Closed-cell foams consists of gas bubbles separated one from another by a thin membrane of a continuous condensed phase. The condensed phase can be solid or liquid. Among foams having solid membrane, the polymeric foams are the most commonly used. They can be rigid or flexible and the cell geometry can be open or closed. Open-cell polymeric foams are generally flexible and best for automobile seats, furniture, and acoustic insulation. Closed-cell polymeric foams are usually rigid and mostly used for thermal insulation in the construction and refrigeration industries. Indeed, closed-cell foams are very effective thermal insulators due to entrapped blowing agents used for foaming and having a low thermal conductivity. Unfortunately, the thermal insulating properties and dimensional stability of rigid closed-cell foams decay significantly with age due to the outward diffusion of the low conductivity blowing agent and the inward diffusion of higher conductivity air constituents. Typically, air constituents diffuse through foam much faster than commonly used blowing agents such as chlorofluorocarbons. As a result, the short and intermediate term aging of polymeric foams are due to in-diffusion of air constituents, while long-term aging depends on depletion of blowing agents.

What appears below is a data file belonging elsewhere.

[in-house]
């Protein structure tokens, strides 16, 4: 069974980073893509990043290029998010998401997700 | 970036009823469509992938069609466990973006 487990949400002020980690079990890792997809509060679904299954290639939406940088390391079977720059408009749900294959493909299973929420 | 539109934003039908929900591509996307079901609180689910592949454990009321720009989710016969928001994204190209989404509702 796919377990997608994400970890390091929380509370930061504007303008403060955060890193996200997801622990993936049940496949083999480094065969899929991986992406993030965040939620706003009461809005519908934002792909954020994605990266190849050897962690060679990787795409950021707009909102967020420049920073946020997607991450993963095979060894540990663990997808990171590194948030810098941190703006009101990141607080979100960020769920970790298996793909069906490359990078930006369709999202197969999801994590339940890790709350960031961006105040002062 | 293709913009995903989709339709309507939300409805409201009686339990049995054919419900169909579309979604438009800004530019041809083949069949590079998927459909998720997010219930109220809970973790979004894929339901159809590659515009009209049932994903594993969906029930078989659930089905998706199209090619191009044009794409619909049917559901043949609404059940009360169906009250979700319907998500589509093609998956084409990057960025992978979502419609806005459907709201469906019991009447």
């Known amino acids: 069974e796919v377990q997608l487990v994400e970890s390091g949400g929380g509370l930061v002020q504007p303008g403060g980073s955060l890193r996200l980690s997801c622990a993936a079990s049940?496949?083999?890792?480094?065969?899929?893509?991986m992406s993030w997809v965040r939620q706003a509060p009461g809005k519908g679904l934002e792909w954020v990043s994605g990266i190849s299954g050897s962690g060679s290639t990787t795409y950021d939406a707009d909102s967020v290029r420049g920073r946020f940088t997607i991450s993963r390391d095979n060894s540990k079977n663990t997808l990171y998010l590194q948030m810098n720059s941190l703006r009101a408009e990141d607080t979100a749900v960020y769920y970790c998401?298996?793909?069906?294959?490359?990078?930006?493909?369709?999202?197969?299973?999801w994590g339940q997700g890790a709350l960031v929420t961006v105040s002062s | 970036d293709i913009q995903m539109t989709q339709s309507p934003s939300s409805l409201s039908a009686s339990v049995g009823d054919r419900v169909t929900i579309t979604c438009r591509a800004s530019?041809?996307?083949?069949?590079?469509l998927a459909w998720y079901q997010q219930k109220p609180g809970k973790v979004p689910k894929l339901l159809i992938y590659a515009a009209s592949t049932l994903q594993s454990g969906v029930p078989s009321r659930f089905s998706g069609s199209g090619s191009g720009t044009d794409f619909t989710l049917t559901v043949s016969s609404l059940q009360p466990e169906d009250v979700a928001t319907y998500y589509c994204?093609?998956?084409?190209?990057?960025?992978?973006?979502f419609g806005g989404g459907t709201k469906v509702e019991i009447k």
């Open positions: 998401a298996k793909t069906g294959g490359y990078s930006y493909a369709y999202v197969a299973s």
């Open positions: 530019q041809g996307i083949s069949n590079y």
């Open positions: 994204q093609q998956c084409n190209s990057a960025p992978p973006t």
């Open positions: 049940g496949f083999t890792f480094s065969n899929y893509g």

Figure 2: Morphology of lamellae of polyhedral bubbles in closed-cell rigid polyurethane foam by optical microscopy.
This topic gained interest after the Montreal protocole that banned the use of chlorofluorocarbons (CFC) as filing gases for insulation foams and refrigerants. The challenge is to find new efficient and environmentally friendly gases to replace the CFCs. The objective of this project is to develop an engineering model based on fundamentally sound but simplified treatment of mass diffusion phenomena for practical predictions of the effective diffusion coefficient of gases through a foam layer.